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A Feast With Sinners (St. Luke 15:1-10)

Third Sunday After Trinity

“A Feast With Sinners”

St. Luke 15.1-10; Micah 7.18-20; 1 Peter 5.6-11

07 July 2019

Seminarian Simeon Cornwell, Vicar

+ In the Name of Jesus +

We are all born with a sense of what is fair and what is not fair. A young child who receives one ice cream scoop, when they see their brother or sister receive two scoops will quickly grumble and exclaim, “That’s not fair!”

It is a perceived unfairness which causes the Pharisees in our Gospel reading to grumble against Jesus.

Now this whole act may seem insignificant to us, but it is important because to eat with someone in Jesus’ time meant fellowship with them. And so by eating with the tax collectors and sinners, Jesus is uniting Himself to them. These unclean who any self-respecting Jew would do anything he could to avoid coming into contact with.

It is for this reason that the scribes and Pharisees grumble against Jesus. These sinners and tax collectors have no right to eat with a Jew. If Jesus truly was the Son of God, He would not have fellowship with such people. For they have abandoned God’s Law and deserve nothing but His wrath.

In response, Jesus proceeds to lay before them three parables. The parable of the lost sheep, the lost coin, and the parable of the prodigal son. Two of which we heard in our Gospel reading.

In the first, Jesus give the example of a shepherd who has a hundred sheep. One of them has wandered from the fold and instead of cutting his losses, he goes out to find it. Now if you know anything about sheep, which I’m sure many of you know far more than I do, then you know they are very dumb animals.

Having wandered from its community or fold, and finding itself lost, a sheep will freeze. It will become stubborn and refuse to move from the position it has gotten itself into. If no one comes looking for it, it will either be devoured by a wolf or starve to death.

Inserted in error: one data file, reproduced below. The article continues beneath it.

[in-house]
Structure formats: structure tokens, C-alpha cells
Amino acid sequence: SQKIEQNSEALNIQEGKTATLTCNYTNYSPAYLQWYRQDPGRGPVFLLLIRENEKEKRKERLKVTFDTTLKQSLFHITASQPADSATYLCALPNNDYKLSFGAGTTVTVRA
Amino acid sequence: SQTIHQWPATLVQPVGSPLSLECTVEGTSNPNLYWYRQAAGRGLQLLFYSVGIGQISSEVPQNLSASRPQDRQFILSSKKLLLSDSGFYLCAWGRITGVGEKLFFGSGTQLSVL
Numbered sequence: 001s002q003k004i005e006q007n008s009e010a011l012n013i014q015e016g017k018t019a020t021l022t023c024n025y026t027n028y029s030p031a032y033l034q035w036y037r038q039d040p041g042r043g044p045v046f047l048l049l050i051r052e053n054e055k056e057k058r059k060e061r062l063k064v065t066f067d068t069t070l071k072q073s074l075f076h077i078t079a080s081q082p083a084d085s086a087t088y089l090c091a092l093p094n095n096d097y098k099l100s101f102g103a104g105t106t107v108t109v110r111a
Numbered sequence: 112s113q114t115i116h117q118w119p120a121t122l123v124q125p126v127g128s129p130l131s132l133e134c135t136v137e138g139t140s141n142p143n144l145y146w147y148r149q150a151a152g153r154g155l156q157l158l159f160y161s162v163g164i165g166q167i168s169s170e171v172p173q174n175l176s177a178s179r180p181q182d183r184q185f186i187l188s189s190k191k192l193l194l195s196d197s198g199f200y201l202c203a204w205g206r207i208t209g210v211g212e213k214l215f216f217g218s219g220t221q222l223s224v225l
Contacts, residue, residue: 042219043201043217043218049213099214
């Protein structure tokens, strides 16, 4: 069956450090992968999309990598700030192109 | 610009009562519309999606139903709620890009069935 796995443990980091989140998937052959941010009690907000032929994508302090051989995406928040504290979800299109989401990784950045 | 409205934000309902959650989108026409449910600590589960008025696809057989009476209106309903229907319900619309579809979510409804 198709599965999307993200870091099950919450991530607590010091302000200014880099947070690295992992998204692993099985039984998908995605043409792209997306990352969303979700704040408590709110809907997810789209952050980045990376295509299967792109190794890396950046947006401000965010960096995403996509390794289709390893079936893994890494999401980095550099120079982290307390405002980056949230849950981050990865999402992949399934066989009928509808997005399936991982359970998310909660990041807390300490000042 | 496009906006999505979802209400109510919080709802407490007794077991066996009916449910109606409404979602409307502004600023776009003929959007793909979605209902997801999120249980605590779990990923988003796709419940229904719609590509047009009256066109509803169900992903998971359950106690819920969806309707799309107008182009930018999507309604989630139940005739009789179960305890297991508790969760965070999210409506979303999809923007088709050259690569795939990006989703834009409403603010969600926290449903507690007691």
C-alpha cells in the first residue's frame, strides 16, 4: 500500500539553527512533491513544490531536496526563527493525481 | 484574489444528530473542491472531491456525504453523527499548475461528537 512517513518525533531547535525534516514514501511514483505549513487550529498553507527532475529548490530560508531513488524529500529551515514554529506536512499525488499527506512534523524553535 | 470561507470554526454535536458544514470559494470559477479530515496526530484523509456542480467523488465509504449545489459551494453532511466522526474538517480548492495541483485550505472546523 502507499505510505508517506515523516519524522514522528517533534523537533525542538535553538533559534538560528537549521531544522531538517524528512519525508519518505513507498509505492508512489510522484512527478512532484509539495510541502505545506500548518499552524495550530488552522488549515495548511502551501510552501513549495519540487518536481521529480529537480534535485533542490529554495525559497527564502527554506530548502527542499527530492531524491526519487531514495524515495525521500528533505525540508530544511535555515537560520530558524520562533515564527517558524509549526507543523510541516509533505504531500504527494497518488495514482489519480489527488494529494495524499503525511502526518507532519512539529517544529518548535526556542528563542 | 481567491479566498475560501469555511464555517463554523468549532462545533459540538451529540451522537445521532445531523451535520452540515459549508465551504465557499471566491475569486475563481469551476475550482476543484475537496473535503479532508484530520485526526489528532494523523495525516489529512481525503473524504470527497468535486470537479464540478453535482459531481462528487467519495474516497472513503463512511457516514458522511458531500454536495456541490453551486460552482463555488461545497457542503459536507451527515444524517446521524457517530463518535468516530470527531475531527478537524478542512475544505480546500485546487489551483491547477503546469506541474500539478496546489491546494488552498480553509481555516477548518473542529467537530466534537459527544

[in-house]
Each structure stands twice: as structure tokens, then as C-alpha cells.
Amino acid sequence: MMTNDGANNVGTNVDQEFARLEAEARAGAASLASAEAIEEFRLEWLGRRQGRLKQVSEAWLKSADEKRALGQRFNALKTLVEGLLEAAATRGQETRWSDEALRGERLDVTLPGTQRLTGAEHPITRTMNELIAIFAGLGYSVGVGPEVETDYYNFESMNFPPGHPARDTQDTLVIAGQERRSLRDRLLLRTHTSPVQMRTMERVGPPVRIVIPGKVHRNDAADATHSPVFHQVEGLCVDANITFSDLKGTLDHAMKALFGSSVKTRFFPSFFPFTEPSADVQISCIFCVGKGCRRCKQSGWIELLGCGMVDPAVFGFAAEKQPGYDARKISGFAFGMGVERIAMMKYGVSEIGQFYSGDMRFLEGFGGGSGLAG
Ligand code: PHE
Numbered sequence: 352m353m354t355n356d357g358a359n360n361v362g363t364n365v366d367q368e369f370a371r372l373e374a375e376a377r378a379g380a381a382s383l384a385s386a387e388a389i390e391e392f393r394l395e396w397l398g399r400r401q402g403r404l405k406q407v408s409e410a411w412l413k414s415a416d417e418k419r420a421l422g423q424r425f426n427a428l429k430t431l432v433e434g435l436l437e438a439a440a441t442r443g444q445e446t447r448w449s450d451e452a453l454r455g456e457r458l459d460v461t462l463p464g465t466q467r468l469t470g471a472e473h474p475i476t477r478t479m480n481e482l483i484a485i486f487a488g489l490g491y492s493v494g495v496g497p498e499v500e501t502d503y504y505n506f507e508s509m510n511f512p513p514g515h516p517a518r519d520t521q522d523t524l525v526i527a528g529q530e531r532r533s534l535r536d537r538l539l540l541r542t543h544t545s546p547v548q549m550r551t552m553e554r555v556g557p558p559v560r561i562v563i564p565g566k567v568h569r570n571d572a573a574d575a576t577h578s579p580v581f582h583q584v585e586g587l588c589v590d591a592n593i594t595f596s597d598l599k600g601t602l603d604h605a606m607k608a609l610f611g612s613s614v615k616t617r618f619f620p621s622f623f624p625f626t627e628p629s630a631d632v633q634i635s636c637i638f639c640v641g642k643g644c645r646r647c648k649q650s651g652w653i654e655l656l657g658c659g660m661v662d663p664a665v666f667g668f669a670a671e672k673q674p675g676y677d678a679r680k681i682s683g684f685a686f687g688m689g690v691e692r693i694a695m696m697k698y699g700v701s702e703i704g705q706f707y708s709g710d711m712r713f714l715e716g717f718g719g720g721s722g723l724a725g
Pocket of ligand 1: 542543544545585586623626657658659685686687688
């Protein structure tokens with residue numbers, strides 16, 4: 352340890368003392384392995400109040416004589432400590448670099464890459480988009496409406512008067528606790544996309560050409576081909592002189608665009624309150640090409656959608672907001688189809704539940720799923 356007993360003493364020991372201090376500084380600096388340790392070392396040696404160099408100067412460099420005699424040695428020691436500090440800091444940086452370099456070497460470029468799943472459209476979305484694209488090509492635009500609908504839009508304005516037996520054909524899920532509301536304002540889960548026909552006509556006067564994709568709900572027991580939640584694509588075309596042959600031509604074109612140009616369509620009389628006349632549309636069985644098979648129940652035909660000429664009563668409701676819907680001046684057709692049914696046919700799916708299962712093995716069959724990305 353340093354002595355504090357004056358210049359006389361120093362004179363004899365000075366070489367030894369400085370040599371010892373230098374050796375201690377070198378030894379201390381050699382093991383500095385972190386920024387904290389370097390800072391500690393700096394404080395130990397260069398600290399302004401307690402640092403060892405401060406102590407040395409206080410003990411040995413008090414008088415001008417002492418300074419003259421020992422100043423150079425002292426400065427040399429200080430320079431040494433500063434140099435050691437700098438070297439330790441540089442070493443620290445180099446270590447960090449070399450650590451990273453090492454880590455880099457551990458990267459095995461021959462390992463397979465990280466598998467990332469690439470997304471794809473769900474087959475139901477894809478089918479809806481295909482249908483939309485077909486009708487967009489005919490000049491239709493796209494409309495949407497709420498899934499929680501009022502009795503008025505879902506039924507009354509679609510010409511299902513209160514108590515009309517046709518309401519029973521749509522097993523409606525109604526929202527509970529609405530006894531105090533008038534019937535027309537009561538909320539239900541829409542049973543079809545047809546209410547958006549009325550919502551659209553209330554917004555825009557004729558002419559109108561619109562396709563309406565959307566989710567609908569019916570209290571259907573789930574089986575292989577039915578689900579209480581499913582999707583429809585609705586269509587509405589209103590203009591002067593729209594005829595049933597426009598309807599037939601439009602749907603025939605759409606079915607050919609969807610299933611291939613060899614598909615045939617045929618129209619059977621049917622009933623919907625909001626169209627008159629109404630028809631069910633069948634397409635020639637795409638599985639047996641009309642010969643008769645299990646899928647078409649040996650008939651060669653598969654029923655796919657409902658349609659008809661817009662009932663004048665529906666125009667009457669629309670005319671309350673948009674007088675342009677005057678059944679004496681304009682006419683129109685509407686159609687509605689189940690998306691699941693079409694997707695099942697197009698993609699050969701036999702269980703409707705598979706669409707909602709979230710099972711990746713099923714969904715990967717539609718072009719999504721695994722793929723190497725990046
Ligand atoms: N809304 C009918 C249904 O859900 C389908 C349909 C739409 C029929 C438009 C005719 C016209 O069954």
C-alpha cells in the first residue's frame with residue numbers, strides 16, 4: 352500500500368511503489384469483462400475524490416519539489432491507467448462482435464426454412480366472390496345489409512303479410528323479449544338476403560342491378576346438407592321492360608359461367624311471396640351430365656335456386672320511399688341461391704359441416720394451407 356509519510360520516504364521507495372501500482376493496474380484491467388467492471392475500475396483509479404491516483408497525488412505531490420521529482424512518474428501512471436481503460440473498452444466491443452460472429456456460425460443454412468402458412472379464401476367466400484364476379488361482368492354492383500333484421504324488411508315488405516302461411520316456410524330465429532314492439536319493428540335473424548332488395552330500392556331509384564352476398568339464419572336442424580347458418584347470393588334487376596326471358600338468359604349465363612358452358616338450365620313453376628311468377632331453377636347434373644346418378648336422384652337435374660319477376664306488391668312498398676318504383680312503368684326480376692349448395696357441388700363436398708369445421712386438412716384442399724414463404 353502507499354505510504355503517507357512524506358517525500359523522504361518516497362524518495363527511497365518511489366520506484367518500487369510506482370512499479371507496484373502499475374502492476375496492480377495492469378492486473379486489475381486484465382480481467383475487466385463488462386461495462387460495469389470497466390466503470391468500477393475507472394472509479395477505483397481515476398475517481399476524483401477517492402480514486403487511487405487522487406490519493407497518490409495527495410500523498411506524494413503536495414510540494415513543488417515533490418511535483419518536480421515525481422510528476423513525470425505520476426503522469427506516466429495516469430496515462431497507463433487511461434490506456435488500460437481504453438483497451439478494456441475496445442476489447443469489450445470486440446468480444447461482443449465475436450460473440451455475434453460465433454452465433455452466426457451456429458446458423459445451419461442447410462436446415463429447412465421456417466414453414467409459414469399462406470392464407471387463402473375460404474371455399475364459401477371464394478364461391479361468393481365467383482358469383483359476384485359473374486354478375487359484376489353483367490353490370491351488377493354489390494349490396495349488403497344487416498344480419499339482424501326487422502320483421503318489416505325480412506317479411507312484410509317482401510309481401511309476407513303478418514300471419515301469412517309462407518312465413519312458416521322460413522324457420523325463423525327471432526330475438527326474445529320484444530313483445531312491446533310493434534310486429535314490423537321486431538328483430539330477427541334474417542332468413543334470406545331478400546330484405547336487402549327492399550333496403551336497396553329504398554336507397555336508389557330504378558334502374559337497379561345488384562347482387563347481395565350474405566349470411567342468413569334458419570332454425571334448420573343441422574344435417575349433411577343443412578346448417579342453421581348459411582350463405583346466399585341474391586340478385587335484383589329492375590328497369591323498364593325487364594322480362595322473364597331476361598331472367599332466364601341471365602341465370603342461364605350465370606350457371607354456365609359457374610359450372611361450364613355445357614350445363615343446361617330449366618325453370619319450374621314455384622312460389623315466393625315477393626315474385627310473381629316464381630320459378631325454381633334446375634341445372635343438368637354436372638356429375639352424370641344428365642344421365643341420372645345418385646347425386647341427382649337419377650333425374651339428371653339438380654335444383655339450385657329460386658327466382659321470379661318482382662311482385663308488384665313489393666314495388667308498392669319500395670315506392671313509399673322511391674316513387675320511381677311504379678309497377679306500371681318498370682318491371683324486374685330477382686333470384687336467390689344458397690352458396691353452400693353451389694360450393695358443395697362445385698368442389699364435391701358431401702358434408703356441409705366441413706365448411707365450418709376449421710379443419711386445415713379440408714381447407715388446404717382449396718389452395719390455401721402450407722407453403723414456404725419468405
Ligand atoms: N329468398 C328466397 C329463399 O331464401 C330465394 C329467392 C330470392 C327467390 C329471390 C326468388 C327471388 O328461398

Knowing this, the shepherd goes out to look for his sheep. And once he has found it, since he knows it will not budge, he takes its burden upon his own shoulders and carries it back to the community.

And instead of punishing the sheep which got itself lost, the shepherd calls together the whole community and has a feast to celebrate it being reunited with him once again. He does not care that he had to go through suffering and trouble to find it. His only concern is that it is now safe and sound with him again.

So too in our Lord’s second parable we hear of a lost coin. Being an inanimate object, it can do nothing to contribute to being found. In those times houses had few windows, so even during the day very little natural light would come in. And so the woman looking for it must pay the price of using precious and costly oil to light a lamp.

Nevertheless, both the shepherd and woman gladly suffer these things in order to find these lost possessions.

Now the fact that these objects were unable to contribute to their return demonstrates a view of repentance foreign to that of the scribes and Pharisees. The scribes and Pharisees believed that true repentance meant meeting God halfway.